Each arm 10 has its outer end reduced so as to form a shoulder 21 and a screwthreaded shank 22. It is preferable to make the arm 10 larger than the shank so as to make the shoulder 21 somewhat pronounced. A washer 28 is slipped over the shank and bears against the shoulder 21. A glass plate 24 is employed as a guard and may be suitably shaped and formed. While it is preferable and desirable to make this plate of glass it may be constructed of other material. The plate is perforated so as to receive the shanks 22 which extend beyond the surface of said plate and receive a second washer 25 and a nut 26. The plate or guard is interposed between the washers 23 and 25 with which suitable packing means (not shown) may be used. By pressing up the nut 26 the plate is clamped between the washer and the washers 23 are held in contact with the shoulders 21. The guard is fastened on the arms at substantially right angles to the outer end portions thereof; however, it is pointed out that the inner ends of the arm are curved slightly inwardly whereby the greater length of each arm is off-set with relation to the clamps. In Figs. 2, 3 and 4 I have shown the clamps with their jaws 13 engaging on the post A of a wind shield B. It will be seen that when- 7 ever it is desired to exclude the air currents from the automobile at the sides of the wind shield the guard24c is swung inward to the position shown in Fig.2. By reason of the curved arms the guard maybe brought into this position and caused to project at. an angle of about forty-five degrese to thewind shield with its inner vertical edge either in contact or in juxtaposition to the inner face of the wind shield. It will be seen that nnlessthe armhas the curvature the clamps would have to project at a greater distance be readily swung infront of the wind shield as shown in Fig. 3. v I
The particular feature of the invention is the friction joint and it is obvious that the guard will remain in the position to which it is adjusted and-that it may be adjusted readily and easily and merely by swinging it to the desired position. It is also pointed out that the shanks 22 may engage the guard 24 at one side of the center which permits both the clamps and the arms to be made shorter, however, this is not av limitation. It is pointed out that various changes could be made in the details of construction. It is also set forth that the construction of the bracket is simple and may be easily removed or applied to the .wind shield post A by simply removing the nut 15. WVhen the nut 15 is removed and the members 11 and 12 separated they cannot become, disengaged from-the bolt 18, therefore, the tension of the friction joint will not be disturbed. The bracket is neat in appearance and will be comparatively inexpensive to manufacture.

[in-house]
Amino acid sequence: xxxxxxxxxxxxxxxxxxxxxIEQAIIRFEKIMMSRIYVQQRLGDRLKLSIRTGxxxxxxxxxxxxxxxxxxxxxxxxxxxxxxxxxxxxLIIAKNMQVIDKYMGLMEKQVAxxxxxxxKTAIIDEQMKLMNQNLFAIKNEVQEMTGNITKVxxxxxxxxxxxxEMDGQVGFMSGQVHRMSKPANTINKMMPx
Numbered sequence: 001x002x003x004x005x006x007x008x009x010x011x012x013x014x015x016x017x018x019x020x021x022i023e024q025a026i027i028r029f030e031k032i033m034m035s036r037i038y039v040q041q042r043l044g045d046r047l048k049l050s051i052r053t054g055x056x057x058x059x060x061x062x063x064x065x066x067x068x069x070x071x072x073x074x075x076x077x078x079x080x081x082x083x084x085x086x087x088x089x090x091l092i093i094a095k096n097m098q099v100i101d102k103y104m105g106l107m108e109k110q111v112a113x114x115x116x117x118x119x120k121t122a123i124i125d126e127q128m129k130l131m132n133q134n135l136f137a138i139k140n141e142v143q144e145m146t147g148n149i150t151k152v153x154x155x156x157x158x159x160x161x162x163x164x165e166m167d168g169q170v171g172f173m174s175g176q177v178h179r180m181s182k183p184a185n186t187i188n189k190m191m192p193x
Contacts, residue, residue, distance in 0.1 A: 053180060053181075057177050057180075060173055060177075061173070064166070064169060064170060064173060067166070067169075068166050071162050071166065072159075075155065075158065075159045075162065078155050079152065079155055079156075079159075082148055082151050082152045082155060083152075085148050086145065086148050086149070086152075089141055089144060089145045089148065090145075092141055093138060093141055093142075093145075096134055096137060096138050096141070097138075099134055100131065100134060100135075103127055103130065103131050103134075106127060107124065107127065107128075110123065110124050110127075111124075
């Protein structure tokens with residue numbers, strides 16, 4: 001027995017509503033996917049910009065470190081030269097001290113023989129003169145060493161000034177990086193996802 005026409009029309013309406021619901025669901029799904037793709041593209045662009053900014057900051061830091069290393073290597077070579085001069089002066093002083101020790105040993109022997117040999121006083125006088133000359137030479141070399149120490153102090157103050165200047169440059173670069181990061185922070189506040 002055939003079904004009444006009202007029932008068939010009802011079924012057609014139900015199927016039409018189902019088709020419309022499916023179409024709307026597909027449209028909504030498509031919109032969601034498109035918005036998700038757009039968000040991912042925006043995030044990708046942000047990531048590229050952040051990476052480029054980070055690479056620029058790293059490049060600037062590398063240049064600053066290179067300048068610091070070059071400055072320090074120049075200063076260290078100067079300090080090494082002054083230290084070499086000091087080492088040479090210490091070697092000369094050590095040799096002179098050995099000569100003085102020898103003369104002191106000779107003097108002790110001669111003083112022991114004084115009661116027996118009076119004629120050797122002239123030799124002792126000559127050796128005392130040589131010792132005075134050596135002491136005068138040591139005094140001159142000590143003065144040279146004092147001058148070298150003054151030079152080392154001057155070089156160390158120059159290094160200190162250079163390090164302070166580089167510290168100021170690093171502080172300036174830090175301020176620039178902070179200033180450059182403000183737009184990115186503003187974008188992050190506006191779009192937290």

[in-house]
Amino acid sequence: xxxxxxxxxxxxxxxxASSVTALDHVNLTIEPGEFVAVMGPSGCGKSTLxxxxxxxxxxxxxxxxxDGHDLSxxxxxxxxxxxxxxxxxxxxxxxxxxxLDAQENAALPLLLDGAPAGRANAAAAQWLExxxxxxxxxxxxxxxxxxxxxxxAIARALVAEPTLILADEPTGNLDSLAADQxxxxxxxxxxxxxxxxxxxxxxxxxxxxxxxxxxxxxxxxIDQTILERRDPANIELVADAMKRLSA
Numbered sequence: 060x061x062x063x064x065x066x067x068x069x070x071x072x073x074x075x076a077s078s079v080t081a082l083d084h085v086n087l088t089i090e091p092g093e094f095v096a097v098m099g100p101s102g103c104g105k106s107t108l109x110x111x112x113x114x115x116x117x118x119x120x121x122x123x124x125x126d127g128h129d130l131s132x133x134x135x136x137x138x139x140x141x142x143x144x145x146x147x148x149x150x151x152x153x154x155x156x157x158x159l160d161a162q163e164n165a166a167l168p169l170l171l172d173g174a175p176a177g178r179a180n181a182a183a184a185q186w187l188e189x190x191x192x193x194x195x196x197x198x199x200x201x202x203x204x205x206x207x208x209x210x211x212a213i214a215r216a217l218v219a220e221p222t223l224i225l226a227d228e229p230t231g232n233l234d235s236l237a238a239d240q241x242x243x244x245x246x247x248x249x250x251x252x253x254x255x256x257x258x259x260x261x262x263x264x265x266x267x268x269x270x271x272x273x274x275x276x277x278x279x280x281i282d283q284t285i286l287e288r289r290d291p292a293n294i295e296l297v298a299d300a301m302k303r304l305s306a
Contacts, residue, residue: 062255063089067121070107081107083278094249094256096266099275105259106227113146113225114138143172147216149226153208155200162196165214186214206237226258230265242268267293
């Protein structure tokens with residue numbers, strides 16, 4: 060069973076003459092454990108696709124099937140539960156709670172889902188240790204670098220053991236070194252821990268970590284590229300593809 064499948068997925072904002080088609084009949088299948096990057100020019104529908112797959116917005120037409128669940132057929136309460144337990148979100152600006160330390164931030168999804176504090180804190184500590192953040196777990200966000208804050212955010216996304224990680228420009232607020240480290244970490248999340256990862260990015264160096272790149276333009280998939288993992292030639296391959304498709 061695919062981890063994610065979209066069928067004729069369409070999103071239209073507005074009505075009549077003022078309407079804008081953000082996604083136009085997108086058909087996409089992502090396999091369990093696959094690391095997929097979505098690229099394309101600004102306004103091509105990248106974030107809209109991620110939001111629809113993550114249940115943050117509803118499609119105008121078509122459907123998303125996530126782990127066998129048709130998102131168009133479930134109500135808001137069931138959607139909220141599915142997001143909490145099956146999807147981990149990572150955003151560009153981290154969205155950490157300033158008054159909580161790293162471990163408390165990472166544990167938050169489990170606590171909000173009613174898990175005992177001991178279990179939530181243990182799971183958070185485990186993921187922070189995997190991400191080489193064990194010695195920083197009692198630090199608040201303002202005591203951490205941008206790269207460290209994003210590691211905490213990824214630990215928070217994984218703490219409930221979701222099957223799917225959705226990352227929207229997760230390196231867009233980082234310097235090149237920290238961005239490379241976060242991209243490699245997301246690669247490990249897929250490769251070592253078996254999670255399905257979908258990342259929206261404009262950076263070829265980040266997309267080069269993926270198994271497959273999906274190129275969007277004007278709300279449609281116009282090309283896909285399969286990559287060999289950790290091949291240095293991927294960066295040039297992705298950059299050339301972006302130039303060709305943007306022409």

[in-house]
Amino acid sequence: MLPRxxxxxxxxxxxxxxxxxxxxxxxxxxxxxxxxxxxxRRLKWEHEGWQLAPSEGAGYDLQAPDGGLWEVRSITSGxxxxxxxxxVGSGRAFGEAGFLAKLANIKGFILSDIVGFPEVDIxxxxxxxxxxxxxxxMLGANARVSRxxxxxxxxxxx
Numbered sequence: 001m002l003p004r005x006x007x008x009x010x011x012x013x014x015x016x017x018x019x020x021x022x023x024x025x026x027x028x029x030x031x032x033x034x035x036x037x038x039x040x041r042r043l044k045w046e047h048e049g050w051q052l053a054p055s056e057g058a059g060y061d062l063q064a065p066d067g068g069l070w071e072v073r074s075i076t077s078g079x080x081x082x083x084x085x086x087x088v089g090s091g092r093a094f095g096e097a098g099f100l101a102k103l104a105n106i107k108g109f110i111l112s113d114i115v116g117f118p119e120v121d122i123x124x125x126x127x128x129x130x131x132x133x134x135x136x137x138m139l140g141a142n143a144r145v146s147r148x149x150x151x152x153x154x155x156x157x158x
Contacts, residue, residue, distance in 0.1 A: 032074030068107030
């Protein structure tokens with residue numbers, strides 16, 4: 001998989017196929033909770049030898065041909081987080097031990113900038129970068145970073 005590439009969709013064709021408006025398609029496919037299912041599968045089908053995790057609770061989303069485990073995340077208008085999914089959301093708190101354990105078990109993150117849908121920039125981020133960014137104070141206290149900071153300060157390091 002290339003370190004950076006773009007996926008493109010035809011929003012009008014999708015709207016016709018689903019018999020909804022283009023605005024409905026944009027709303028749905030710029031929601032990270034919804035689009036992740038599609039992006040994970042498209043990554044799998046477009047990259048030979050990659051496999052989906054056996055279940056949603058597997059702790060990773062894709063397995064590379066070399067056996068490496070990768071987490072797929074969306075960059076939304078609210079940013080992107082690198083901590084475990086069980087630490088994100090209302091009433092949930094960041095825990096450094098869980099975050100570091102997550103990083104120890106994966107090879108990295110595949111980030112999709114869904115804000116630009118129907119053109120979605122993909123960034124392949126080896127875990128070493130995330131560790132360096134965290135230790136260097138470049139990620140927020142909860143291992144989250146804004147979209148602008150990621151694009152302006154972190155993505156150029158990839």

What I claim is: l i
' In a wind guard, the combination with the post of a windshield, .of a horizontally swinging guard plate provided with-transverse a oertures spaceda substantial distance .fIOIlItlG inner edge. of the guard plate,
arms extendingthrough the apertures and clamped to the guard plateand disposed ata right angle, to the guard plate, the inner end portions of the arms being longitudinally curved and extending inwardly, said arms being provided at their inner ends with transverseapertures and free fromcorrugatiojns adjacent said apertures, upstanding bolts passing through the apertures of the arms, a pair of clamp members for each bolt,
said clamp members being provided at their inned ends with a pair of jaws to engage the Wind-shield post, means arranged near the jaws to draw the clamping members together, apertured knuckles carried by the outer ends of the clamp members and pivoted upon the bolt and serving" to permanently secure the clamp members upon the bolt when the clamp members are opened,
and a heavycoil' spring surrounding the upper portion of the bolt andengaging the apertured knuckles. I
In testimony whereof I affix my signature.
' CARROLL, JR.
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|International Classification||B60J1/02, B60J1/04|